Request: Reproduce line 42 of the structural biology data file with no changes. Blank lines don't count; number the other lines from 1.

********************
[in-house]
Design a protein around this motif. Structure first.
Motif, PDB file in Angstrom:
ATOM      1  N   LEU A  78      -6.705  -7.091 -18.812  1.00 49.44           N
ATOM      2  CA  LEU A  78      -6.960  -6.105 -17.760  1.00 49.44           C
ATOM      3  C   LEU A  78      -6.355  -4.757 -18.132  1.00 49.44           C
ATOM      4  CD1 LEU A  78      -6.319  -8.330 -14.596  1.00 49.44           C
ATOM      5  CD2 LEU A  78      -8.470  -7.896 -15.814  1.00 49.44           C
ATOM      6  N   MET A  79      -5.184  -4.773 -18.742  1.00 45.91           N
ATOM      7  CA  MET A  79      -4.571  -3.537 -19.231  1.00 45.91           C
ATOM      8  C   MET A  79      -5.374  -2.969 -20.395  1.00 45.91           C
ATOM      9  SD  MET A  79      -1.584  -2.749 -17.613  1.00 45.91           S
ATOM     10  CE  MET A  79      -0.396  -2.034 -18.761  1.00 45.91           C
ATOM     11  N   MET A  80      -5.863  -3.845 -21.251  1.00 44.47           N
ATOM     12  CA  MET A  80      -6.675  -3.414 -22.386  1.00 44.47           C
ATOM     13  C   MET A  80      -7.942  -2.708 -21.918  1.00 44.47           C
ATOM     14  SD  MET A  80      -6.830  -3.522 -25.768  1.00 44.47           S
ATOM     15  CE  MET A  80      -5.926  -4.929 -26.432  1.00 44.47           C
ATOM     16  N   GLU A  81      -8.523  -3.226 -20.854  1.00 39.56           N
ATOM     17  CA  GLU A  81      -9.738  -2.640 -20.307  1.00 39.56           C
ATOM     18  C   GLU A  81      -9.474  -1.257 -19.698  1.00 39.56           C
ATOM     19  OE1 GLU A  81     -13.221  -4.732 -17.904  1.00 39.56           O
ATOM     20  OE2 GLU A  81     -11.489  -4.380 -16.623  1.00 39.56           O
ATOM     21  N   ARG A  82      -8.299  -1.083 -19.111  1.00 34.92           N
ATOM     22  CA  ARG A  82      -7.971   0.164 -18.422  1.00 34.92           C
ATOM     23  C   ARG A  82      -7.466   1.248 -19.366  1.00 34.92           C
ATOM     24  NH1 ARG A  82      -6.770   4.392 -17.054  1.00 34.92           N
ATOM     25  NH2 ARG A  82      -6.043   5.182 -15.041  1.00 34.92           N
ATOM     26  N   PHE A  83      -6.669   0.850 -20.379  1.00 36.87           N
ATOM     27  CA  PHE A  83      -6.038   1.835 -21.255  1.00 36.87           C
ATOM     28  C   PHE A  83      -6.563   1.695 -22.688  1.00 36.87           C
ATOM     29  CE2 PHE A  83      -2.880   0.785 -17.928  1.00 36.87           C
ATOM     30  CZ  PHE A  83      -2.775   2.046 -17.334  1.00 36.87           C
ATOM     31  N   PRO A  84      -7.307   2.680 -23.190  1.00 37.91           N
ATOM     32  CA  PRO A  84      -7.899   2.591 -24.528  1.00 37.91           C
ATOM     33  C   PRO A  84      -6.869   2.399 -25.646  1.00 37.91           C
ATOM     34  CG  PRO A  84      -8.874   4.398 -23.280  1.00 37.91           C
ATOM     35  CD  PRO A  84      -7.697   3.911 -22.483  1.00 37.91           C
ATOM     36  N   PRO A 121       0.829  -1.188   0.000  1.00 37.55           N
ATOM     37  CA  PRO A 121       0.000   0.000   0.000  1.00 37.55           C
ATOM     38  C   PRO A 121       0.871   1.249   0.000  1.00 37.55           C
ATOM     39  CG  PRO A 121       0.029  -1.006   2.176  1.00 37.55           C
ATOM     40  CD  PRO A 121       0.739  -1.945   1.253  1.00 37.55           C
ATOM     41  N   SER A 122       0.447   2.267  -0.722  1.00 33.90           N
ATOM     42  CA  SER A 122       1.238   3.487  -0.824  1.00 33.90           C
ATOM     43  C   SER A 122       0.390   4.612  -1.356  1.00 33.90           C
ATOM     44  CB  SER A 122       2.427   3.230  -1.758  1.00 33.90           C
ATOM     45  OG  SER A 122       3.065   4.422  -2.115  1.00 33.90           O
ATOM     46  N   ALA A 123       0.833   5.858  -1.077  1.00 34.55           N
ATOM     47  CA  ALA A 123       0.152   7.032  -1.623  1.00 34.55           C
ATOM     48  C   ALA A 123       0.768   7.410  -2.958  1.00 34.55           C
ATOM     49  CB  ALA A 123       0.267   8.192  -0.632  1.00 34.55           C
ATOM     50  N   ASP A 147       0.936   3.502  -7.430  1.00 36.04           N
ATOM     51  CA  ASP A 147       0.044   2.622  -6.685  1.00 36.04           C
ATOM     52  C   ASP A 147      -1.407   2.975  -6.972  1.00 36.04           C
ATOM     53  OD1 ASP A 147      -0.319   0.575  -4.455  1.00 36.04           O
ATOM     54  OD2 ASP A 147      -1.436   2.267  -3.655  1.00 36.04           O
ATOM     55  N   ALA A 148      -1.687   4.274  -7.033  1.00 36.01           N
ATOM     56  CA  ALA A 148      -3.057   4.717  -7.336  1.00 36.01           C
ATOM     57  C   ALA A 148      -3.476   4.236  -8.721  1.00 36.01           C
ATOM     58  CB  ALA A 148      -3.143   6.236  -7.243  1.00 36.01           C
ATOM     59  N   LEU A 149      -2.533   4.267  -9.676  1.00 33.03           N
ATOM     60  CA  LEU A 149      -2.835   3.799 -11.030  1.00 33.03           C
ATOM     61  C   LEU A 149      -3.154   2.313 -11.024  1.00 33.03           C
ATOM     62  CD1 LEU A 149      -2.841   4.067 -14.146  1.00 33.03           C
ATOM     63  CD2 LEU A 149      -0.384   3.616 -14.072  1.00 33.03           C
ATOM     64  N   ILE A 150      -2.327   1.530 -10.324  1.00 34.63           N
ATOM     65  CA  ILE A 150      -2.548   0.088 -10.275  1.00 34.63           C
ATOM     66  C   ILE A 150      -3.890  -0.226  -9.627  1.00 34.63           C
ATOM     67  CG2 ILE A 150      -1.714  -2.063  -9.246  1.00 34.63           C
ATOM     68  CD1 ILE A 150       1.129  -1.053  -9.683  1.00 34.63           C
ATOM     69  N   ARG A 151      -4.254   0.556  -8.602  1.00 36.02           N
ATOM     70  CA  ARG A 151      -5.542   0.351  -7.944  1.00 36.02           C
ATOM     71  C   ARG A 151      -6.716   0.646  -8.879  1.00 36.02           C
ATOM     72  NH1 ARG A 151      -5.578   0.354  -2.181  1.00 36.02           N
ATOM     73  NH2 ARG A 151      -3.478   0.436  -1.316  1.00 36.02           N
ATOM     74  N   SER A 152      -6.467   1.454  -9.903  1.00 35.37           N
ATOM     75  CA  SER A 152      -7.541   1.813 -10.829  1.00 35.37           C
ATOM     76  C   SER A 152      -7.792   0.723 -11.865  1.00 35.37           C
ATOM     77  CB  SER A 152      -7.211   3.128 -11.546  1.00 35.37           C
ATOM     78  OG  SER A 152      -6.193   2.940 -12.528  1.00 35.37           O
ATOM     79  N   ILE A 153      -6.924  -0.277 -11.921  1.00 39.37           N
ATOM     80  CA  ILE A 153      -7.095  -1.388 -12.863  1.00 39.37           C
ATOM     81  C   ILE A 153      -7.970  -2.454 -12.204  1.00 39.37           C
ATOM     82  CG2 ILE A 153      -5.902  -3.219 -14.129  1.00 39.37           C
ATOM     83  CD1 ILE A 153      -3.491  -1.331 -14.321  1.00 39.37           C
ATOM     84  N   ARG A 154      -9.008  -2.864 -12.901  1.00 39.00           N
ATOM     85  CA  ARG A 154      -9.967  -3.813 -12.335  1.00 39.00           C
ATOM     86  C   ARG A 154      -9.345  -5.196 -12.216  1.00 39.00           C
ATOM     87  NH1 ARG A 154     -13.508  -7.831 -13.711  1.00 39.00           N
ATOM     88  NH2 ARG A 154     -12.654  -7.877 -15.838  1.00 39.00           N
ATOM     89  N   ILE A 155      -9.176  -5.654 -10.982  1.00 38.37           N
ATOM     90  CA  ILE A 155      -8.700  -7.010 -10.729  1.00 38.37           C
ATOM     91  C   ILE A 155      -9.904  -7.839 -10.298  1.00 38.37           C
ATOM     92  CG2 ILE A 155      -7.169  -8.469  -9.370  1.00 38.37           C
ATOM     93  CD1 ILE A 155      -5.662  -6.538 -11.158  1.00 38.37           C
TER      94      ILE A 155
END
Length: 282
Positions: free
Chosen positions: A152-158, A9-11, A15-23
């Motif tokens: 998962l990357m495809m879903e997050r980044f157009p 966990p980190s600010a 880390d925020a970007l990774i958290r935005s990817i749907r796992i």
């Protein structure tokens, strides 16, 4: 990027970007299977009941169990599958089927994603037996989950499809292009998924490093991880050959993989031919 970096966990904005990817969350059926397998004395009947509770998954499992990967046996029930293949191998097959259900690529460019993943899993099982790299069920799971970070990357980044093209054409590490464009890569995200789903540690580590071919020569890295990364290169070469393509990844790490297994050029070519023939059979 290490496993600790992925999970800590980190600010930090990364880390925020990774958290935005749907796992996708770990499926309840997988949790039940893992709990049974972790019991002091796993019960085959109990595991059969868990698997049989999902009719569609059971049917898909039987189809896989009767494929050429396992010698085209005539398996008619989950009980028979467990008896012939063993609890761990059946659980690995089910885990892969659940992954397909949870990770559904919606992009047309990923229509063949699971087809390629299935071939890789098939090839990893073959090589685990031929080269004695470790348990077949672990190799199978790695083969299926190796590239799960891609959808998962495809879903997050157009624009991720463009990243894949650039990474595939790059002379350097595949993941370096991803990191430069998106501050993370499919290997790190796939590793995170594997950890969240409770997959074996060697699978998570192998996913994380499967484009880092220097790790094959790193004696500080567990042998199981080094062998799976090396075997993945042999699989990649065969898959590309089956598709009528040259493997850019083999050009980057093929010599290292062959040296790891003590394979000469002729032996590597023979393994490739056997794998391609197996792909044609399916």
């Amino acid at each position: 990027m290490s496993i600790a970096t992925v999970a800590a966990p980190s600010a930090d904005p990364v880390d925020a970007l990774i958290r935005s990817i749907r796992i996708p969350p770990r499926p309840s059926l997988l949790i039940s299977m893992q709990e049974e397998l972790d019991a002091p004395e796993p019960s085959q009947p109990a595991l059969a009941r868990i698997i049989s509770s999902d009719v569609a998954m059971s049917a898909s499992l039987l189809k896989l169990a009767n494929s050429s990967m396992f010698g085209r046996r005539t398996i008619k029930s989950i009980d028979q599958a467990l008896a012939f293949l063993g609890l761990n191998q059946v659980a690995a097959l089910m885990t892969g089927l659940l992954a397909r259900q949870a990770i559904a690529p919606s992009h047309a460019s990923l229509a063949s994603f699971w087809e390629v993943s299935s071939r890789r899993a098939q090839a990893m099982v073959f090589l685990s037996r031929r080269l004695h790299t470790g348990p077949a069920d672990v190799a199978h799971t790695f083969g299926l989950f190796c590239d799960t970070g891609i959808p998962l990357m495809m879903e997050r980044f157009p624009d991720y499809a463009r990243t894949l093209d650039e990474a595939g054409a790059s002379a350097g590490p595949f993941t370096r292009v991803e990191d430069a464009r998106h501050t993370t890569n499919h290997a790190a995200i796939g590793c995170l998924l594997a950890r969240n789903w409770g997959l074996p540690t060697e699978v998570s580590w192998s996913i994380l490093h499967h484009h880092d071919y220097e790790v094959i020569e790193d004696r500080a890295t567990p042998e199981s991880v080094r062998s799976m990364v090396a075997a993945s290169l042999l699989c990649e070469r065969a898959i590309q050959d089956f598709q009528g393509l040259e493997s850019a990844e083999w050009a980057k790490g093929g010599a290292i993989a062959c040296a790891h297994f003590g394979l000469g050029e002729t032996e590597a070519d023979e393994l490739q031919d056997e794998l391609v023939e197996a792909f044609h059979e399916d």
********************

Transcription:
ATOM     39  CG  PRO A 121       0.029  -1.006   2.176  1.00 37.55           C